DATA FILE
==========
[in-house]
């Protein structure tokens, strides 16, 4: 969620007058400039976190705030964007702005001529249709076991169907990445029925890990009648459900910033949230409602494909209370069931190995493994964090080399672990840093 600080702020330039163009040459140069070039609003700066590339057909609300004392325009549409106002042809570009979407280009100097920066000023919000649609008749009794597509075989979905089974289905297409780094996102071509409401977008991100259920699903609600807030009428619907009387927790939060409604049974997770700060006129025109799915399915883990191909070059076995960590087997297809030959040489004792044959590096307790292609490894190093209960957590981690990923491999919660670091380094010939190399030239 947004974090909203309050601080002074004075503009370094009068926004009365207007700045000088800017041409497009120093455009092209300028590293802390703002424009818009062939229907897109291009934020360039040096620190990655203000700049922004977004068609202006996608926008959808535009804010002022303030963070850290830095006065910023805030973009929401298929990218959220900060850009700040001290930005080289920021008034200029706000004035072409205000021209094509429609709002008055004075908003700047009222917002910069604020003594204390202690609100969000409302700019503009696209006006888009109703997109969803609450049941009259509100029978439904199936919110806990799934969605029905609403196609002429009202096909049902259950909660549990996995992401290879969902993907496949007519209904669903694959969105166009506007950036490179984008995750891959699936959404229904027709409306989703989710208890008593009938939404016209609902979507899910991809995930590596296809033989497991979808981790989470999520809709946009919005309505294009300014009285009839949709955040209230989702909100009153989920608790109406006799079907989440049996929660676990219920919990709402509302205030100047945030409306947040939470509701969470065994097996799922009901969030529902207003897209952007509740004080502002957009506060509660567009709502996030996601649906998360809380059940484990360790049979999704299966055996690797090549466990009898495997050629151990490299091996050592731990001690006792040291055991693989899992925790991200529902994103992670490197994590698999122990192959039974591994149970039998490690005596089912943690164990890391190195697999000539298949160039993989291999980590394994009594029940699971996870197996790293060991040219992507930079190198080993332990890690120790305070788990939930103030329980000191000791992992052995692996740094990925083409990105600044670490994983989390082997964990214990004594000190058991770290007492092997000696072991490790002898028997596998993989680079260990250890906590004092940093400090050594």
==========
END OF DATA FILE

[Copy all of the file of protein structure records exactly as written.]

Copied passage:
[in-house]
């Protein structure tokens, strides 16, 4: 969620007058400039976190705030964007702005001529249709076991169907990445029925890990009648459900910033949230409602494909209370069931190995493994964090080399672990840093 600080702020330039163009040459140069070039609003700066590339057909609300004392325009549409106002042809570009979407280009100097920066000023919000649609008749009794597509075989979905089974289905297409780094996102071509409401977008991100259920699903609600807030009428619907009387927790939060409604049974997770700060006129025109799915399915883990191909070059076995960590087997297809030959040489004792044959590096307790292609490894190093209960957590981690990923491999919660670091380094010939190399030239 947004974090909203309050601080002074004075503009370094009068926004009365207007700045000088800017041409497009120093455009092209300028590293802390703002424009818009062939229907897109291009934020360039040096620190990655203000700049922004977004068609202006996608926008959808535009804010002022303030963070850290830095006065910023805030973009929401298929990218959220900060850009700040001290930005080289920021008034200029706000004035072409205000021209094509429609709002008055004075908003700047009222917002910069604020003594204390202690609100969000409302700019503009696209006006888009109703997109969803609450049941009259509100029978439904199936919110806990799934969605029905609403196609002429009202096909049902259950909660549990996995992401290879969902993907496949007519209904669903694959969105166009506007950036490179984008995750891959699936959404229904027709409306989703989710208890008593009938939404016209609902979507899910991809995930590596296809033989497991979808981790989470999520809709946009919005309505294009300014009285009839949709955040209230989702909100009153989920608790109406006799079907989440049996929660676990219920919990709402509302205030100047945030409306947040939470509701969470065994097996799922009901969030529902207003897209952007509740004080502002957009506060509660567009709502996030996601649906998360809380059940484990360790049979999704299966055996690797090549466990009898495997050629151990490299091996050592731990001690006792040291055991693989899992925790991200529902994103992670490197994590698999122990192959039974591994149970039998490690005596089912943690164990890391190195697999000539298949160039993989291999980590394994009594029940699971996870197996790293060991040219992507930079190198080993332990890690120790305070788990939930103030329980000191000791992992052995692996740094990925083409990105600044670490994983989390082997964990214990004594000190058991770290007492092997000696072991490790002898028997596998993989680079260990250890906590004092940093400090050594």